TOKYO (Reuters) - Japanese big manufacturers’ sentiment improved in the three months to September for a third straight quarter, the central bank’s “tankan” survey showed, cementing the case for Prime Minister Shinzo Abe to proceed with a planned sales tax hike next year.
YOSHIMASA MARUYAMA, CHIEF ECONOMIST, ITOCHU ECONOMIC RESEARCH INSTITUTE, TOKYO
“Earnings recovery on the back of a weaker yen, which affected only limited sectors at the time of the previous survey, has spread to a wider part of industry.
“Big manufacturers’ outlook is a little bit weaker. But it’s only natural for them to take a conservative view on their future performance given uncertainty in overseas economies.
“The data shows Japan’s economic recovery is intact and that we can expect strong growth in fiscal 2013 (to March 2014). Prices are rising for more items than before - items for which companies had previously thought they could not raise prices, showing corporate sentiment is changing.
“Changes in their inflation expectations like this are a prerequisite for exiting deflation and the Bank of Japan’s target to hit 2 percent inflation. So we can say positive signs are emerging here and there.
“This supports a sales tax increase. But the goal should not be raising the tax but implementing fiscal discipline. Steps are set to be taken on the revenue side. The next question is what should be done on the expenditure side.”
NAOKI IIZUKA, ECONOMIST, CITIGROUP GLOBAL MARKETS JAPAN, TOKYO
“The tankan headline figure came out stronger than expected and it suggests big firms are not pessimistic about the outlook. The better-than-expected sentiment probably reflected improved earnings with actual yen rates undershooting their estimates.
“There’s a gap between improving sentiment and the state of the real economy, which slowed down somewhat in July-August as shown by recent indicators such as exports, factory output and consumption.
“Still, the tankan confirmed the view that Prime Minister Abe will decide to hike the sales tax from next April. It’s hard to find reasons for putting it off.”
AYAKO SERA, MARKET ECONOMIST, SUMITOMO TRUST AND BANKING, TOKYO
“The reading for manufacturers was quite strong, while the reading for non-manufacturers was in line with expectations, so the results can be said to be mixed. Also, the outlook for capital spending was weaker than expected.”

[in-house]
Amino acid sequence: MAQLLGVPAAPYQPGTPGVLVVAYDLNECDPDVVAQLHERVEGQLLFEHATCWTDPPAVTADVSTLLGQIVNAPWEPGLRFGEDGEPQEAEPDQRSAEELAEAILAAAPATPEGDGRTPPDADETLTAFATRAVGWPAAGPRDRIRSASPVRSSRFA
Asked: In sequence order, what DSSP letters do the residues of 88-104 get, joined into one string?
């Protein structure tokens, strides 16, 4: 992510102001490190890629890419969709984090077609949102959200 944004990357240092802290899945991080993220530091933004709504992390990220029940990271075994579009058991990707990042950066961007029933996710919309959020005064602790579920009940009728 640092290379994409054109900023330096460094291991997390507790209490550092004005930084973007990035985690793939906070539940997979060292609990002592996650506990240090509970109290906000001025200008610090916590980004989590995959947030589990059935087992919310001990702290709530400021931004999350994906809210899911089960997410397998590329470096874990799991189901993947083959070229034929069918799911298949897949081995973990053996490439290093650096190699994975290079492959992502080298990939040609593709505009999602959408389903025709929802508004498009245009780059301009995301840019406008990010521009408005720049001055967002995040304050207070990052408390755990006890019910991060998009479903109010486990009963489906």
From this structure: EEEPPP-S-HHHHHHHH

“Overall, though, it seems that the increase in the consumption tax is already decided, and the tankan results did not contain anything to alter this decision.”
“As you know, the headline numbers are probably a bit better than expected and the details are still constructive.
“We see some signs of cautiousness, like a slight downward revision in the capex plan and so on.
“Still, as a whole, the assessment on excess capacity or a shortage of labor suggests the output gap is getting smaller.
“This is very constructive in terms of the assessment of the current economic situation. There is no reason that Prime Minister Abe should stop raising the (sales) tax.”
YASUO YAMAMOTO, SENIOR ECONOMIST, MIZUHO RESEARCH INSTITUTE, TOKYO
“Japan’s economy is on track, and the tankan has shown broad-based improvement in sentiment.
“Manufacturers had been lagging the overall economy, but the tankan shows improvements in this sector are starting to catch up due to exports and a weak yen.
“The government can go ahead and raise the sales tax as the economy is clearly recovering.”
For full table, click on the BOJ’s website:
Reporting by Leika Kihara, Kiyoshi Takenaka, Tetsushi Kajimoto, Lisa Twaronite, Dominic Lau and Stanley White; Editing by Chris Gallagher and Edmund Klamann